The woman called me Sweetie and asked me if I was alright, what day it is, who the president is, etc. She helped me up, walked me upstairs and bought me a juice after I incoherently explained that my blood sugar was a little low. Then I realized I didn't have my bag with my wallet/cell phone/ipod inside. She was carrying it for me.
As my disorientation cleared and I felt I could get on by myself, I asked her name. "It's Aida," she said, "and I hope you feel better." And then she left. I just stood there for a minute, incredulous that a complete stranger would take time out of her morning commute to help me, just when I was really questioning my faith in humanity.
Sunday, December 2, 2007
A few days ago, I mentioned a non-profit that I really like and support: RAINN. Like I said, it's so easy to say you're against rape and sexual violence. It's not so easy to be proactive in fighting it. Feeling motivated and inspired, I took my own advice and went to RAINN's volunteer page and applied to be an online support staffer.
It works like IM basically, which all my friends and I still use every day. (SRSLY, I've had AIM since I was 13 and briefly messed around with ICQ, Yahoo & MSN messengers, but we all know AIM is king.) RAINN's online hotline works a little differently in that it is a wholly self-contained system. Everyone has to go through the RAINN website, which is helpful because it's secure and free and anonymous. Someone who has been sexually assaulted for example, can just log on and talk to a trained volunteer and get some help.
I feel really good about this. In an increasingly digital world blah blah blah people my age and younger are communicating and finding information online blah blah blah. According to RAINN, 80% of victims of sexual violence are under age 30 and they are exactly the demographic this online hotline is shooting for.
So I submitted an application and now I have to wait to be contacted if they want me so I can set up a training session and then wait for a background check. Hope those youthful indiscretions don't come back to haunt me! (jk jk jk) I haven't heard back yet, so we'll see.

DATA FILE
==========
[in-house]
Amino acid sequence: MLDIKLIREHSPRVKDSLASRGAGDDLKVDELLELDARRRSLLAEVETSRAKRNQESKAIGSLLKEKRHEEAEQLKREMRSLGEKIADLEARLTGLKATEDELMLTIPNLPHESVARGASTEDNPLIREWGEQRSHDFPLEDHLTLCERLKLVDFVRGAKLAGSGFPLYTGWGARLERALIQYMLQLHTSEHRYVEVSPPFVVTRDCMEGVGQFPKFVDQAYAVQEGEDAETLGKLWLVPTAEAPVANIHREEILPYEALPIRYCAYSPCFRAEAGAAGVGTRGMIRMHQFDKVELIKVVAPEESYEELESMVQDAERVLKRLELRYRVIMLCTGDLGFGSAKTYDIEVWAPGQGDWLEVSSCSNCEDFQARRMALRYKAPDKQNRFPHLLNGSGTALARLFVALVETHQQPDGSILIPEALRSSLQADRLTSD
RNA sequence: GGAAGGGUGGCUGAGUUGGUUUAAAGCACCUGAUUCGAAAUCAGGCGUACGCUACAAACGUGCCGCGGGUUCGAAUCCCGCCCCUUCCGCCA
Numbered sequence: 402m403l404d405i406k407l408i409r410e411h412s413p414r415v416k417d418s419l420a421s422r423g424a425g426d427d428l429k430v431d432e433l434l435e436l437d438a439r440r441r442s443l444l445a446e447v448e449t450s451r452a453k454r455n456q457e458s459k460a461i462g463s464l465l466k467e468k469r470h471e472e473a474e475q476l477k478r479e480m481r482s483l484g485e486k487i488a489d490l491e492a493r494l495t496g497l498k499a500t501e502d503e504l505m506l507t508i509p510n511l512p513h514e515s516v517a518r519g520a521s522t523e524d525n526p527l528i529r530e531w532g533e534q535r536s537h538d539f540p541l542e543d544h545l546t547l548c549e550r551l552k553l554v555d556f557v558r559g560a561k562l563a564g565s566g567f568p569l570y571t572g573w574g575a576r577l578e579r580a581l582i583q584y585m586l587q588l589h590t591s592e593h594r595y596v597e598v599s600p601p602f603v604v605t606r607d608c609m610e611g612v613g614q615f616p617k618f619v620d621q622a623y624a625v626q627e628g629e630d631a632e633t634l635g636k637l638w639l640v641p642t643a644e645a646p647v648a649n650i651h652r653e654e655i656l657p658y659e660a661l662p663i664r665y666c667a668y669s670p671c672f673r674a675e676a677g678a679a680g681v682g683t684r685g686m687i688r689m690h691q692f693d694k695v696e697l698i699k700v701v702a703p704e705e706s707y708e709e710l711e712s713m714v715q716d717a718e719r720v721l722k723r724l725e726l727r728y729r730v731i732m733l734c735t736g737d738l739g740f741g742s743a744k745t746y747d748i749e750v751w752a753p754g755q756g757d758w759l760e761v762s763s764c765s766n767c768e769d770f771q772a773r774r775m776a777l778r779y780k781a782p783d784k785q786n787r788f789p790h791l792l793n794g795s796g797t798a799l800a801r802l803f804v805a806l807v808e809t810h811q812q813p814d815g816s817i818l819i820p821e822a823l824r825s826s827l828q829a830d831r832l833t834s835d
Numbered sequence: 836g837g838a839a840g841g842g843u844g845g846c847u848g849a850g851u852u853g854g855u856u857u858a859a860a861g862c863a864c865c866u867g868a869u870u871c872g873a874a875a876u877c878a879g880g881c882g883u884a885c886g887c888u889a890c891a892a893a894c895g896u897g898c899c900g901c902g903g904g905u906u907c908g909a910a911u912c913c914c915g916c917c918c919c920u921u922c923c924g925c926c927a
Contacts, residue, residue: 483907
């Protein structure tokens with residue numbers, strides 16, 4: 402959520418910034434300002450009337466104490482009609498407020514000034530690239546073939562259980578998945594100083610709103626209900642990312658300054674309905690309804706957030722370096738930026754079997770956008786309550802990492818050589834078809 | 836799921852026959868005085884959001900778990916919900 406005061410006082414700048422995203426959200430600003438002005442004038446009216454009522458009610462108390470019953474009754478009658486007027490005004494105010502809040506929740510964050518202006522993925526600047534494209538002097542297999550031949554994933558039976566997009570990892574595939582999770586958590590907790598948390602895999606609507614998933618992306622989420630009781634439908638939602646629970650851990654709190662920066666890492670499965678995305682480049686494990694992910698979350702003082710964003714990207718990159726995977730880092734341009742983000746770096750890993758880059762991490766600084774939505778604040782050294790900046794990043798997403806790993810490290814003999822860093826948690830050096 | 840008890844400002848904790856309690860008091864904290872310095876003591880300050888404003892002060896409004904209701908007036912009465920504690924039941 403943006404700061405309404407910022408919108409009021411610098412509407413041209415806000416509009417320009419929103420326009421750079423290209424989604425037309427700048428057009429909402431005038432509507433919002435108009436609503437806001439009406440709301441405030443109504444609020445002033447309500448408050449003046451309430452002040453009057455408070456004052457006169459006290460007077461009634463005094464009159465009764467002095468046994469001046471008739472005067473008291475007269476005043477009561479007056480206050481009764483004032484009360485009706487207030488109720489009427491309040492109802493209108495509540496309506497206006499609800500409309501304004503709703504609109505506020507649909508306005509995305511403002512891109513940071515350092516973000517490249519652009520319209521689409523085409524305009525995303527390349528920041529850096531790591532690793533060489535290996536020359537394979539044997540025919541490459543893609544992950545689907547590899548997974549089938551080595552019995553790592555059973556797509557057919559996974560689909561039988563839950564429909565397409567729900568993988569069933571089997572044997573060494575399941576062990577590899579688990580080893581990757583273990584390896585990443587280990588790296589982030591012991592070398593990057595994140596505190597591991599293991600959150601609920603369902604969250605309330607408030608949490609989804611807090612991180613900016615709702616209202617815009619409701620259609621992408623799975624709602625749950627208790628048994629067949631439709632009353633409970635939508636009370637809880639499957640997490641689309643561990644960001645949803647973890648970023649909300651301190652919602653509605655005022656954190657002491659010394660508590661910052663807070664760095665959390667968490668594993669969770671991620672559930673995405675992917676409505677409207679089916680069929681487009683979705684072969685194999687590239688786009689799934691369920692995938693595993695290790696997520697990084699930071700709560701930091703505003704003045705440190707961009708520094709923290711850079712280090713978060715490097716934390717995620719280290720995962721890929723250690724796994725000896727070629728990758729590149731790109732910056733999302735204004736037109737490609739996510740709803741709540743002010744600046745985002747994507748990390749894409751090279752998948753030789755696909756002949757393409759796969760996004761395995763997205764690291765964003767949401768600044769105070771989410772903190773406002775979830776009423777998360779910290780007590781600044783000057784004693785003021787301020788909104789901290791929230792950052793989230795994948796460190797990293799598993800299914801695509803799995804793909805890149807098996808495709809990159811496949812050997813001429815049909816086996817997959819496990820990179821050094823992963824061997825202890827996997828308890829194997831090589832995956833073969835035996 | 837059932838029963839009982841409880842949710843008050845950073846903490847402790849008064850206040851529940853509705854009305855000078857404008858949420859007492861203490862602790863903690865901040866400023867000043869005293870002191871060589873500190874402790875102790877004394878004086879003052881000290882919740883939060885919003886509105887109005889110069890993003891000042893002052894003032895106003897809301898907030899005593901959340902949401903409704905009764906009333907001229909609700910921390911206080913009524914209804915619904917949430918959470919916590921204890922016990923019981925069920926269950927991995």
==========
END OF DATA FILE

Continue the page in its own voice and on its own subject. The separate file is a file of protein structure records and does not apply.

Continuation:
Saturday, December 1, 2007
With little mainstream fanfare, 16 Days of Activism Against Gender Violence started on Nov 25th, which was International Day Against Violence Against Women. Dec 10th, International Human Rights Day is the last day. The idea is that female rights are human rights and these 16 days of activism should be linked.
While I'm a little late to the party, I'm starting to take a huge interest in the feminist agenda. Here's why: I know a lot of weak women. I know women who literally turn their lives inside out (even to the detriment of their mental health) because they want to keep a man. Women who choose abusive men over their own children because they don't want to be alone. Women with no education, working minimum wage jobs and barely providing for their kids as single mothers. Women who don't even know that they deserve better.
The thing is, as much as I'd like to grab them and shake some sense into them, I never do. I think, hey, I know you're trying to support your kids, but you're not doing them any favors by being so miserable. Or, HEY! Wake the fuck up! Look at your life! You married an asshole and you need a fucking divorce!